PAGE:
Intermittent Fasting and its Effects on Mental and Physical Health

For most of us, it would seem counter-intuitive to willingly deprive ourselves of one of life’s basic needs: nourishment. Equally, news that fasting protocols are becoming increasingly popular these days would sound equally shocking. The intention, which is far from undermining good health, is to actually enhance it. Evidence from various sources from across the country indicates that intermittent fasting can be used as a powerful tool, producing long-term health benefits in the body and mind. Intermittent fasting affects your brain when you change your diet by drastically reducing food intake. If you choose to begin a program like this, it is important to follow one of the carefully constructed programs in order to protect your body from starving, which starts the process of burning muscle instead of fat, as well as making sure you still supply the body with safe but small amounts of nutrition, ensuring optimal brain activity.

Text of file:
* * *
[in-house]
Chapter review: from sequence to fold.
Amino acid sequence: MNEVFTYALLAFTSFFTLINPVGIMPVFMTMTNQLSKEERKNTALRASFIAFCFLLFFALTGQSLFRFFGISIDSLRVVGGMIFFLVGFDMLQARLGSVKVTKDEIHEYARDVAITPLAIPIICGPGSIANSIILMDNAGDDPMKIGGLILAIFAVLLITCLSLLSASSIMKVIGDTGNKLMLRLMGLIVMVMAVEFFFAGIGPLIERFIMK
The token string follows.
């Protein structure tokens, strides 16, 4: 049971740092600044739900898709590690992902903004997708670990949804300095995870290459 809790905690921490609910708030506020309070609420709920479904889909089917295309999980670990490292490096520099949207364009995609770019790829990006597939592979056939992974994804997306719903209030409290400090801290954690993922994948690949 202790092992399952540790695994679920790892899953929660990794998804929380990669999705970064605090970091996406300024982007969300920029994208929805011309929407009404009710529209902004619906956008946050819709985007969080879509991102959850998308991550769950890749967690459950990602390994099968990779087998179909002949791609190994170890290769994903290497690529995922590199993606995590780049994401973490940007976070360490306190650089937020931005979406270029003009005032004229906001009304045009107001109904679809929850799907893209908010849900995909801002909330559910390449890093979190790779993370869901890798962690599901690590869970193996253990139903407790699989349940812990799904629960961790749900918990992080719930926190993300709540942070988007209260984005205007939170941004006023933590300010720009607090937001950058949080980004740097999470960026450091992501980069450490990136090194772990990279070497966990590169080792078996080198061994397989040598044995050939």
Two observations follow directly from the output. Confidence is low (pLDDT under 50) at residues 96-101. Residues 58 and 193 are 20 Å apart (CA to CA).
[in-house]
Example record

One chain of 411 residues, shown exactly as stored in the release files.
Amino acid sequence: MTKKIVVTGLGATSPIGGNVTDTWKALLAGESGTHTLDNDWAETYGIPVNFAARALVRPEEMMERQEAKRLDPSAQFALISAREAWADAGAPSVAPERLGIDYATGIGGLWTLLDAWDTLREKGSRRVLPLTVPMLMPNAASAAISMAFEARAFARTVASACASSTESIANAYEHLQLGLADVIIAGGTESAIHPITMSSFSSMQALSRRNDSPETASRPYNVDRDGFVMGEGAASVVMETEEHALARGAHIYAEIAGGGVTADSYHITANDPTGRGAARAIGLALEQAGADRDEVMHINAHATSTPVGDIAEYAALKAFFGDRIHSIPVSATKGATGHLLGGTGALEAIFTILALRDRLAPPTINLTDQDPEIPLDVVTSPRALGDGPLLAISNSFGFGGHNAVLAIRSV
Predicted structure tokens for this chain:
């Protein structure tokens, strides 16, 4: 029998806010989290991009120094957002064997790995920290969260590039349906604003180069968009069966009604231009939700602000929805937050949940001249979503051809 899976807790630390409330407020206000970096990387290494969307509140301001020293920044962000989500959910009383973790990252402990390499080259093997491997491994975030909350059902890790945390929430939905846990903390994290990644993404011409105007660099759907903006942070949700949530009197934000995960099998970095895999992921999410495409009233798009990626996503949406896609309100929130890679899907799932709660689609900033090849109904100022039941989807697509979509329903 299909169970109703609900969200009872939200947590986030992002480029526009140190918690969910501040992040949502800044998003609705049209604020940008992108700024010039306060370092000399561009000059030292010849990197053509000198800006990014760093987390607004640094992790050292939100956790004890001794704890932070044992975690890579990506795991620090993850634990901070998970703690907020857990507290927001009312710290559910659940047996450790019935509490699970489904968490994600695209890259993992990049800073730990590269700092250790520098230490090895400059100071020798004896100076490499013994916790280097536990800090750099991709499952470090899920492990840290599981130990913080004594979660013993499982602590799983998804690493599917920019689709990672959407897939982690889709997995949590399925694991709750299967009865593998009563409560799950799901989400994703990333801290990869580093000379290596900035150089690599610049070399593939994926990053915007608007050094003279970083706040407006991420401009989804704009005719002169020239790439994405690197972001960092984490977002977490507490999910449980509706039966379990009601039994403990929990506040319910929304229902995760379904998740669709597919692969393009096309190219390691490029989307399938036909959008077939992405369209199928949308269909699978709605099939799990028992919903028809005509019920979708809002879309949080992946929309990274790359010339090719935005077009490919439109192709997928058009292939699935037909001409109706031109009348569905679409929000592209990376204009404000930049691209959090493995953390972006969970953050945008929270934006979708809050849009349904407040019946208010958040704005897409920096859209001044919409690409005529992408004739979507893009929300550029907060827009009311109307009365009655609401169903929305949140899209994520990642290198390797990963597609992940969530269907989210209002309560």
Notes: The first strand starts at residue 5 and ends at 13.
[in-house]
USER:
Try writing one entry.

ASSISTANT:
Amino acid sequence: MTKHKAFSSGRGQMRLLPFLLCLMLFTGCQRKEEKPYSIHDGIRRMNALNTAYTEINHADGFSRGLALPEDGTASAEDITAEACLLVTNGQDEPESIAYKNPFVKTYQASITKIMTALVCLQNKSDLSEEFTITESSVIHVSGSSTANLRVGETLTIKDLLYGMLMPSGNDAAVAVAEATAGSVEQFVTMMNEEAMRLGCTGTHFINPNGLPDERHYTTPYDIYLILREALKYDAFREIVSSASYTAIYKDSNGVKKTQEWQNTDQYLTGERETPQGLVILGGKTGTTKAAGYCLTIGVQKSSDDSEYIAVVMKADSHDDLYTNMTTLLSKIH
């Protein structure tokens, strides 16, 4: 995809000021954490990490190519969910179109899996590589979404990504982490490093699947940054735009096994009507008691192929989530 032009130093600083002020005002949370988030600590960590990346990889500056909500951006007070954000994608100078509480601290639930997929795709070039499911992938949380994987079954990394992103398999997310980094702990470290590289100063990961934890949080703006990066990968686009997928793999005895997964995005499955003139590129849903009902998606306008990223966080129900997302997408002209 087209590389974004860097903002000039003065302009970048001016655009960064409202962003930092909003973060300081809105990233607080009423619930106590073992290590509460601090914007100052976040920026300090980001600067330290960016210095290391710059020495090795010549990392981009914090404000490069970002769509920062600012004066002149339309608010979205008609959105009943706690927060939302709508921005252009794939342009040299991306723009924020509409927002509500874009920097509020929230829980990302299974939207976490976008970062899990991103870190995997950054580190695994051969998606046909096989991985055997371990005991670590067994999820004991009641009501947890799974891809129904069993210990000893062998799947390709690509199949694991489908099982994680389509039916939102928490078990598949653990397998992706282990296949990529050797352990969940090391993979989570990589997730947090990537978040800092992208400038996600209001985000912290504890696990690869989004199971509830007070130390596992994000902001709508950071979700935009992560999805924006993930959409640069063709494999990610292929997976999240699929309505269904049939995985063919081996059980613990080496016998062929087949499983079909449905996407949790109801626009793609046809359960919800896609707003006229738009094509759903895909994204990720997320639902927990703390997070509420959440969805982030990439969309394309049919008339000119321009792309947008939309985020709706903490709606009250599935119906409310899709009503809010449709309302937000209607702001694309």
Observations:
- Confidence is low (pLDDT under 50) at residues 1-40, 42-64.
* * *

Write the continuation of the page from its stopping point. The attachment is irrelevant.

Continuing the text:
As there is so much interest in this field, a few distinct patterns and several methods of fasting have emerged. The most popular and manageable is intermittent fasting, which involves cutting calories by 20% and limiting the hours per day when food is consumed. These time windows can vary from six to twelve hours per day. Alternatively, some people follow what they call the “5:2” diet, where they will eat normally for five days a week and eat calorie-reduced diets for two days. In a study conducted with overweight participants, those who adopted the 5:2 diet lost weight more quickly than those who were restricted to fewer than their normal calories every day. Also, the people in the intermittent fasting group cleared fat from their systems and showed a 9% drop in systolic blood pressure. The “regular diet” group showed a slight increase in blood pressure.

Traditionally, it’s common to associate any kind of dietary changes with the desire to lose weight, and people who use intermittent fasting can lose a lot of weight that stays off. Additional health benefits have been quite dramatic, even a reduced risk of certain types of cancer, including breast cancer.